While Polonius uses “nothing” to show the transparency of categories and the knowable qualities of things, Hamlet says “nothing” in the same scene and refers to the inadequacies of language and himself, and the permeability of the barriers between categories. His use of the word destabilizes the boundary between what exists and what does not, between “nothing” and reality. Referring to a player’s ability to counterfeit grief, Hamlet cries out in amazement that the actor was able to create such feeling out of nothing:
A broken voice, and his whole function suiting
With forms to his conceit? And all for nothing.
What’s Hecuba to him, or he to Hecuba,
That he should weep for her? What would he do
Had he the motive and the cue for passion
That I have? (2.2.533-9)
“Nothing” here seems to denote comparative insignificance or unimportance (O.E.D, 2nd edition, s.v. “nothing,” 3a). Hecuba, as a person, has had no intimate contact with the actor. “Nothing,” in this case, is a starting point, a catalyst for the imagination and art of the player. But the word “nothing” is meant to downplay Hecuba’s significance, reminding us that she is a character, a bit of fiction and unreality. Here, Hamlet becomes self-referential theatre, as an actor playing a fictional character asks what another character (an actor playing an actor playing a character) would do if he were in the first character’s place. This moment of self-referentiality turns Hamlet into a strange bridge between fiction and real man, between character and audience: by speaking of his own position in terms of motive and cue, he brings himself down to the level of Hecuba; he is a character, “nothing.” But perceiving his words on a different layer, the audience sees a real man dismayed by his own life’s inability to live up to the models provided by art. Transformations occur in multiple directions: Hamlet, by comparing his real self to the player and finding himself wanting, distances himself from “nothing,” from the insubstantiality of fiction and unreality. At the same time he calls attention to the artifice of theatre and his own status as a fictional character, but by proclaiming that his own life does not fit with set artistic formulas Hamlet aligns himself with the audience.
Hamlet next denounces the inadequacy of his own words: ” . . . Yet I, / A dull and muddy-mettled rascal, peak / Like John-a-dreams, unpregnant of my cause, / And can say nothing?no, not for a king. . .” (2.2.543-546). And yet, in loudly denouncing his own lack of speech, Hamlet is saying something. He does mourn for his father with words; he certainly has not said “nothing.” Contradicting himself just a few lines later, Hamlet denounces his own excess of speech: “Ay, sure, this is most brave, / That I, the son of the dear murdered, / Prompted to my revenge by heaven and hell, / Must, like a whore, unpack my heart with words / And fall a-cursing like a very drab . . .” (2.2.560-4). He begins by saying that he can say nothing, and then he denounces the inadequacy of language itself. Action, in this case, is a necessary part of his filial duty. To talk is nothing; language is nothing. Strangely, Hamlet compares himself to a whore, an occupation not known for its reliance on language. The use of “whore” here seems to emphasize the cheapness of words (whores have a “nothing” quality in the sense that they are considered insignificant people (3a), and in seeking revenge their only recourse is cursing), but Hamlet has used the most carnal and bodily of occupations in his simile. The whole soliloquy deals very muddily with the “nothing” of fiction, imagination, and abstraction becoming real, concrete, and carnal, while Hamlet himself is paralyzed, paradoxically, by wordlessness and by too many words, by inaction. Appropriately, he resolves at the end of the soliloquy to use a play to unveil Claudius. In the same speech, Hamlet has first called a fictional character “nothing” of significance and then resolved to use art as a strategic weapon against his father’s murderer. No wonder that Hamlet cannot make Polonius’ confident distinctions between real and unreal, art and life. Throughout the soliloquy, categories are always destabilizing and blurring with their supposed opposites.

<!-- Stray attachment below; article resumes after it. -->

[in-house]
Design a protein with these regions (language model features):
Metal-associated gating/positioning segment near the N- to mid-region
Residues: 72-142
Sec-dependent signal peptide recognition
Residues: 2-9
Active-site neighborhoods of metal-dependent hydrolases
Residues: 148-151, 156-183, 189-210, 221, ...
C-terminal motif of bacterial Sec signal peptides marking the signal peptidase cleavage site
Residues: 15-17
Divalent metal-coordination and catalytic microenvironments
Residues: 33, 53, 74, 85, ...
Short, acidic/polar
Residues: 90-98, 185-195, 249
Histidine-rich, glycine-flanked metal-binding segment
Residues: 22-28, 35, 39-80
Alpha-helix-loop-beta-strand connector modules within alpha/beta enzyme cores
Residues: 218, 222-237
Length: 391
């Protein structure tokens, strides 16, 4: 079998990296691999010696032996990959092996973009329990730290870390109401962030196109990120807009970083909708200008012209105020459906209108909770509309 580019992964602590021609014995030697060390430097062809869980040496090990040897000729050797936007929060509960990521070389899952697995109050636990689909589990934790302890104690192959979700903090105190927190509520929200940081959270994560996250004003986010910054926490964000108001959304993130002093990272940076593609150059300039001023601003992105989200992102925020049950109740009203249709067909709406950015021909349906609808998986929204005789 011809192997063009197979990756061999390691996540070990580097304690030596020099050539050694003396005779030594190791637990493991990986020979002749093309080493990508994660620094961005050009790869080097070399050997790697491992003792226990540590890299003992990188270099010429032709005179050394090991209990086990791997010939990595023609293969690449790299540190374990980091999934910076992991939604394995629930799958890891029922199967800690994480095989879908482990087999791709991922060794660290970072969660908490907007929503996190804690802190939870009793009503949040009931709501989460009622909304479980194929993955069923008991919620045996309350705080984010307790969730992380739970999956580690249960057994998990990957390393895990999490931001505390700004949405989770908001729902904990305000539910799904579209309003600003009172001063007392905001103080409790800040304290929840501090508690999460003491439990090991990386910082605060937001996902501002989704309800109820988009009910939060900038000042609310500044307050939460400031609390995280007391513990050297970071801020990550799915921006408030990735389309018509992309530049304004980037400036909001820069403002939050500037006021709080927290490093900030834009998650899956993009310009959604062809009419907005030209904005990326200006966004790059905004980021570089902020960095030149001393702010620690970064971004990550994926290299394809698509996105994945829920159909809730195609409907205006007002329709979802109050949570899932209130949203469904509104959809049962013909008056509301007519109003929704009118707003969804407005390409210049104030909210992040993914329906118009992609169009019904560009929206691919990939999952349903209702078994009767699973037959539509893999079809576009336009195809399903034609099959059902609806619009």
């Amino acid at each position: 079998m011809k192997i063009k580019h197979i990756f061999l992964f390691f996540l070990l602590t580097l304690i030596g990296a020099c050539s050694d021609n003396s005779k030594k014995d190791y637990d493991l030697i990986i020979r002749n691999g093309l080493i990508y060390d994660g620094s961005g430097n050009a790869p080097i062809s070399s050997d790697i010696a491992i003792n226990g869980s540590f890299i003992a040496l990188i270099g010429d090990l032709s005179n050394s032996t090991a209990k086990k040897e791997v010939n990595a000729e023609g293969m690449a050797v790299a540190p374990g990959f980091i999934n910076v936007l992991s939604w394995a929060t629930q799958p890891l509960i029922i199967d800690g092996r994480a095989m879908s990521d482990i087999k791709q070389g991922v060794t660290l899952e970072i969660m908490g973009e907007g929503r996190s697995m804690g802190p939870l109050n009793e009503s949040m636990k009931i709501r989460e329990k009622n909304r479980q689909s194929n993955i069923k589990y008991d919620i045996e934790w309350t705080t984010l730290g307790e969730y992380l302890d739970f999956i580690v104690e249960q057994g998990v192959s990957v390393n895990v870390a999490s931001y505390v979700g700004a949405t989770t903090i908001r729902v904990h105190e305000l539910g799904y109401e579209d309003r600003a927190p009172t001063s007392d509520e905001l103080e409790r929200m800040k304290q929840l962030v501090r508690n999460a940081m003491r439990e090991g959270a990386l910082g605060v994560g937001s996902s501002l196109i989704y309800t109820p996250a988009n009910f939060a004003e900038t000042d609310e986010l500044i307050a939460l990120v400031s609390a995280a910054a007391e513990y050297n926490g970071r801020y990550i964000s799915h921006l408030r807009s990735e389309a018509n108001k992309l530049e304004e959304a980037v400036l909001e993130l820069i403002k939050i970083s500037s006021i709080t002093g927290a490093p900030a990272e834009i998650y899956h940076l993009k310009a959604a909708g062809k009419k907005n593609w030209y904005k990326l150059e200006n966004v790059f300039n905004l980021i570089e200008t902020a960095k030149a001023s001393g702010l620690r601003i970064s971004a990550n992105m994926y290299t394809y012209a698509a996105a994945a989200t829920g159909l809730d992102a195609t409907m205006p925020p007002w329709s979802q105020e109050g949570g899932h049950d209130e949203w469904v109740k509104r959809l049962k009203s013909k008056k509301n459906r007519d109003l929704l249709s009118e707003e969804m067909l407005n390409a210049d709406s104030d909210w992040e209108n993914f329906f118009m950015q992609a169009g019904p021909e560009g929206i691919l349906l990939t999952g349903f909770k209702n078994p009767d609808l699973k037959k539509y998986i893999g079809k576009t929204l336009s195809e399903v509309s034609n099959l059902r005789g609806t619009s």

Ophelia’s relationship to the word “nothing” is particularly painful. The girl tells Hamlet that her own thoughts are neutral or insignificant. When Hamlet asks Ophelia what she thinks, she replies “I think nothing, my lord” (3.2.106). Later, “nothing” will be used once again to describe her mental state, as she thinks nothing that is fully intelligible to others. Here, “nothing” also refers to the female genitals (Norton, p. 1710), with the vagina linked to the figure 0. “Thing,” slang for the penis, also reminds the audience of the etymology of “nothing” (Norton, p.1710), providing a series of obscene jokes: nothing, no thing, nothing. In this series of randy puns, having no thing means you have nothing, i.e. having no penis means you have a vagina. Hamlet’s bawdy assertion that “no thing” is “a fair thought to lie between a woman’s legs” (3.2.107-9) shows again the ways that “nothing” is used in a constitutive function. Woman, as a category, is formed here in terms of what she does not have. Ophelia is not an active participant in this punning; instead, she is the half-aware butt of Hamlet’s dirty jokes. “Nothing” is what lies between her legs, “nothing” is what lies between her ears (“I think nothing”), and “nothing,” in the sense of an unimportant or powerless person, is what she is. She will become the victim of Elsinore’s intrigues, lacking Hamlet’s phallus and consequently Hamlet’s potential ability to protect himself. The obscene puns return when Gertrude describes Ophelia’s death: when she drowns, the girl is bedecked in a garland of flowers that shepherds have named after male genitals (5.1.141, Norton 1740). “Nothing,” in this earlier passage with Hamlet, foreshadows Ophelia’s doom. After Ophelia goes mad, her words reflects her basic powerlessness: Horatio informs the queen that “Her [Ophelia’s] speech is nothing” (4.5.7). Horatio, trained in philosophy and in the categorizations of Renaissance thinking, relegates her ramblings to the realm of nonsense. In that they are not coherent or cohesive statements, they become “nothing,” comparatively worthless or insignificant (O.E.D. 2nd edition, s.v. “nothing,” 6a), possibly with an additional meaning of “nothing” in that they represent the final stages of dissolution (5c) as Ophelia’s mind completely deteriorates. And yet here Ophelia’s words and gestures finally strike near some of the events at Elsinore: to Gertrude, she hands fennel and columbine, symbols of flattery and marital infidelity (4.5.177). Responding to her ramblings, Laertes remarks, “This nothing’s more than matter.” (4.5.172). “Nothing” here suggests that Ophelia no longer plays by the rules of how and what to communicate in civilized society and Elsinore. Speaking nonsense frees her to speak a version of truth, though without much significant effect on events.